The estimated population of New Zealand reached 4,444,444 on the 1st of November 2012. Nothing special other than a rare moment of symmetry in an otherwise random and chaotic world. Interestingly the number 4 is associated with death in Chinese, and this population occurred the day after Halloween.
No I’m not superstitious yet the relentless growth in New Zealand’s, and the World’s, population does have serious consequences for the future. New Zealand’s population has been growing at around 1 per-cent over the past few years and we have added around 400,000 to our population in the past decade. That is a city the size of Christchurch in just ten years.
A 1 per-cent growth rate equates to a doubling in population every 70 years, therefore at our current rate of growth our children or grandchildren could live to see New Zealand’s population reach 9 million. A recent New Zealand Herald opinion piece advocated increasing New Zealand’s population by 2.5 per-cent per annum in the coming years. A 2.5 per-cent growth rate equates to a doubling in population every 28 years which would result in a population of 25 million in 70 years time.
There are clearly some economic benefits from increased population growth, however, many of those benefits are completely outweighed by the associated environmental, social and economic costs – any additional growth has to be shared among more people, so it doesn’t necessarily mean higher living standards. Maybe it is time that we stand back, count all the benefits that our small population and low population density affords us and decide whether we want future generations of New Zealanders to share in such benefits.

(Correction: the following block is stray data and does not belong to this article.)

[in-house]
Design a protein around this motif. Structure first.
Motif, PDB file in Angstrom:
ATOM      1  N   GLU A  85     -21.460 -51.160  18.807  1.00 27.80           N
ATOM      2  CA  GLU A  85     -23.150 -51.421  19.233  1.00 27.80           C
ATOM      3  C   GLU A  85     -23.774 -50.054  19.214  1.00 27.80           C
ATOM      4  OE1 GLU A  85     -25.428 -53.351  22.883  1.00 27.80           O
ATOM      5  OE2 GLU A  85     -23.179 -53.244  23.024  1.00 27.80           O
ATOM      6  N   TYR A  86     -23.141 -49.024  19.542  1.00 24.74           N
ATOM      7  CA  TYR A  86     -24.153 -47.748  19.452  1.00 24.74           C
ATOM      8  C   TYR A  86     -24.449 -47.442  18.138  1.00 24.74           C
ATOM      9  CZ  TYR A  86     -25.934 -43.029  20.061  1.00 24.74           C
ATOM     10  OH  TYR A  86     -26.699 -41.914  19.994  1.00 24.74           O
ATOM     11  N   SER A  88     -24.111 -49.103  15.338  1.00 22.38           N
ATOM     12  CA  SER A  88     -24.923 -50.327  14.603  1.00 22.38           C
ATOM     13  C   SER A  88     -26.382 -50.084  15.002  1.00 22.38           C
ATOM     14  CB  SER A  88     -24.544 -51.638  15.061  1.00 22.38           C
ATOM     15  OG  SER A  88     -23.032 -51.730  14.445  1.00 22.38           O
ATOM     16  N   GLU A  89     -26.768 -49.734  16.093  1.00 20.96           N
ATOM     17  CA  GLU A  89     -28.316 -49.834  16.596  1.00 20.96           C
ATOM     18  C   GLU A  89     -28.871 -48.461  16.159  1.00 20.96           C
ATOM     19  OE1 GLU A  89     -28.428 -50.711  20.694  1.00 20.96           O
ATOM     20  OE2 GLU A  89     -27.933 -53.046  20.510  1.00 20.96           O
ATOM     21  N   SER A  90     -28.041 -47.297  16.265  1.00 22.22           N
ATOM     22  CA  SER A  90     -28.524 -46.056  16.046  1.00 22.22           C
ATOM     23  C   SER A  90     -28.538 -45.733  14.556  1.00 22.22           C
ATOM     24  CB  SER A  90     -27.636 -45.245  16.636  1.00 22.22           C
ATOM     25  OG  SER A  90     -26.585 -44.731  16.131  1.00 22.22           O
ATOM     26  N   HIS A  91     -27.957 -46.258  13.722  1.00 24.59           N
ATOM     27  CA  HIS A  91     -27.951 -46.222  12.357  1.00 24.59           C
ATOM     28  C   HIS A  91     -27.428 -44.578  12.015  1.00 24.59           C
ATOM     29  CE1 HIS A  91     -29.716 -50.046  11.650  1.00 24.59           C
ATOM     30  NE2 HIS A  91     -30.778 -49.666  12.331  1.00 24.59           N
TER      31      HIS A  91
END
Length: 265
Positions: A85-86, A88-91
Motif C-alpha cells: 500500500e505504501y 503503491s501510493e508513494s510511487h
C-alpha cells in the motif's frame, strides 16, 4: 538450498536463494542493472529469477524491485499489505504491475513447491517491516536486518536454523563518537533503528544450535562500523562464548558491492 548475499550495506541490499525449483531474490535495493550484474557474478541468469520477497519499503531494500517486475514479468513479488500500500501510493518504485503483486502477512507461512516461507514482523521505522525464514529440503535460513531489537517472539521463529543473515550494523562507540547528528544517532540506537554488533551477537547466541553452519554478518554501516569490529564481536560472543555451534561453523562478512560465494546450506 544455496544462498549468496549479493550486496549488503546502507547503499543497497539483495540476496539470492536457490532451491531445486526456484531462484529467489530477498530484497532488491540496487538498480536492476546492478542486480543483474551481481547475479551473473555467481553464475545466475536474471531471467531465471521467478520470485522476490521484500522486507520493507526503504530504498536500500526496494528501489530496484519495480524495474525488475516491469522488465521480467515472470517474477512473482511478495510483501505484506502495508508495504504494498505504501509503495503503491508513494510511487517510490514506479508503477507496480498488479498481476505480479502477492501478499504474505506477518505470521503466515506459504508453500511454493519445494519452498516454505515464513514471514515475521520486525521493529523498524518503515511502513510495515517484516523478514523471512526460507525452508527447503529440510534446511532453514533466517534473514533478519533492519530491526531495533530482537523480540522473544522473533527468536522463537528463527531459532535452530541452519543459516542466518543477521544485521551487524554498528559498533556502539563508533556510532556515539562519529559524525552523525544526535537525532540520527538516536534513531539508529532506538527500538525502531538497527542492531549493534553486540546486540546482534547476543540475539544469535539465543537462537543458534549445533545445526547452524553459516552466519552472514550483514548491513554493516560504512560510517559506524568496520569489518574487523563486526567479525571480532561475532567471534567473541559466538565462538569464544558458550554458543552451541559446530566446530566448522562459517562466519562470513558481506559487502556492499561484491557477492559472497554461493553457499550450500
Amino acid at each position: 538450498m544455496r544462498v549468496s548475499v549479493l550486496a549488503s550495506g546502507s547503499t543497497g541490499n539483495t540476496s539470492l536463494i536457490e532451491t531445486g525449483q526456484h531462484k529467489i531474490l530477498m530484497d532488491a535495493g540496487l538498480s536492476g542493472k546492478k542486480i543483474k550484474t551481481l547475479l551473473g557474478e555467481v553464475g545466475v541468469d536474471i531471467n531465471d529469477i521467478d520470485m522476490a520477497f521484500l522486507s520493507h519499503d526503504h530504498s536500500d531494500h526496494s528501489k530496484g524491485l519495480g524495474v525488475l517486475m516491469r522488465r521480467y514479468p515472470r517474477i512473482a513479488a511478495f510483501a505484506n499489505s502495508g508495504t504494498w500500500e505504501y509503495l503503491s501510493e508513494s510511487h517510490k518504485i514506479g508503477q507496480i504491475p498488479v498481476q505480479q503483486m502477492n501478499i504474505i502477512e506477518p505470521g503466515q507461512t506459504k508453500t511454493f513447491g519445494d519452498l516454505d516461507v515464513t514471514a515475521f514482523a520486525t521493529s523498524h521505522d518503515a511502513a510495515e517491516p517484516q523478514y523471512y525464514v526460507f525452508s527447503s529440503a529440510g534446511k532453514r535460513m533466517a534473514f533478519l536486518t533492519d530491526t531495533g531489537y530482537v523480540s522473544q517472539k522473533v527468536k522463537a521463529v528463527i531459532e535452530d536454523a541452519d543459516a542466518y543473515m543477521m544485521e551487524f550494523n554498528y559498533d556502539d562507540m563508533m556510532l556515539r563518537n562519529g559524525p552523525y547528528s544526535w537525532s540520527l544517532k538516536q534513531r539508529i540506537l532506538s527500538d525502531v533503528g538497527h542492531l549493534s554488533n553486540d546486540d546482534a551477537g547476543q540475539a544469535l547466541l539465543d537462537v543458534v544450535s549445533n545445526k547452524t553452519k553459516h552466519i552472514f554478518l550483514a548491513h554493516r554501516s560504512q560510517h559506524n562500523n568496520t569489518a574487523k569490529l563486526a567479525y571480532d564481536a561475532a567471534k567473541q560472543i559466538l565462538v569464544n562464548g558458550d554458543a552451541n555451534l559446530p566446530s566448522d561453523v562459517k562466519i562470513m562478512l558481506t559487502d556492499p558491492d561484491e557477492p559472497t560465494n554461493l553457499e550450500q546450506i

Instead of aiming for continued population growth, which must end sooner or later on a finite planet, why not aim for a stable population. If we can envision a world in which population growth has ended we may be happy to make the choices necessary to bring it into existence.
Imagine going fishing and knowing your grandchildren will be able to enjoy the same quality of fishing, or better, in the future due to not having to divide the resource with ever more people. Imagine not having to fight an endless succession of developers who want to destroy the places we hold sacred, such as those isolated pohutukawa lined beaches that seem in increasingly short supply. Imagine not having to deliberate whether or not to smother some of the most fertile farmland in the world with suburbia due to there being no need to do so. Imagine producing all our energy from renewable sources and then no longer needing to build new hydro-dams and wind farms in our beautiful landscape because demand has stopped growing.
And imagine no longer viewing one another as competitive consumers in a race for a piece of an ever shrinking pie, but as fellow citizens working together to build a truly sustainable future.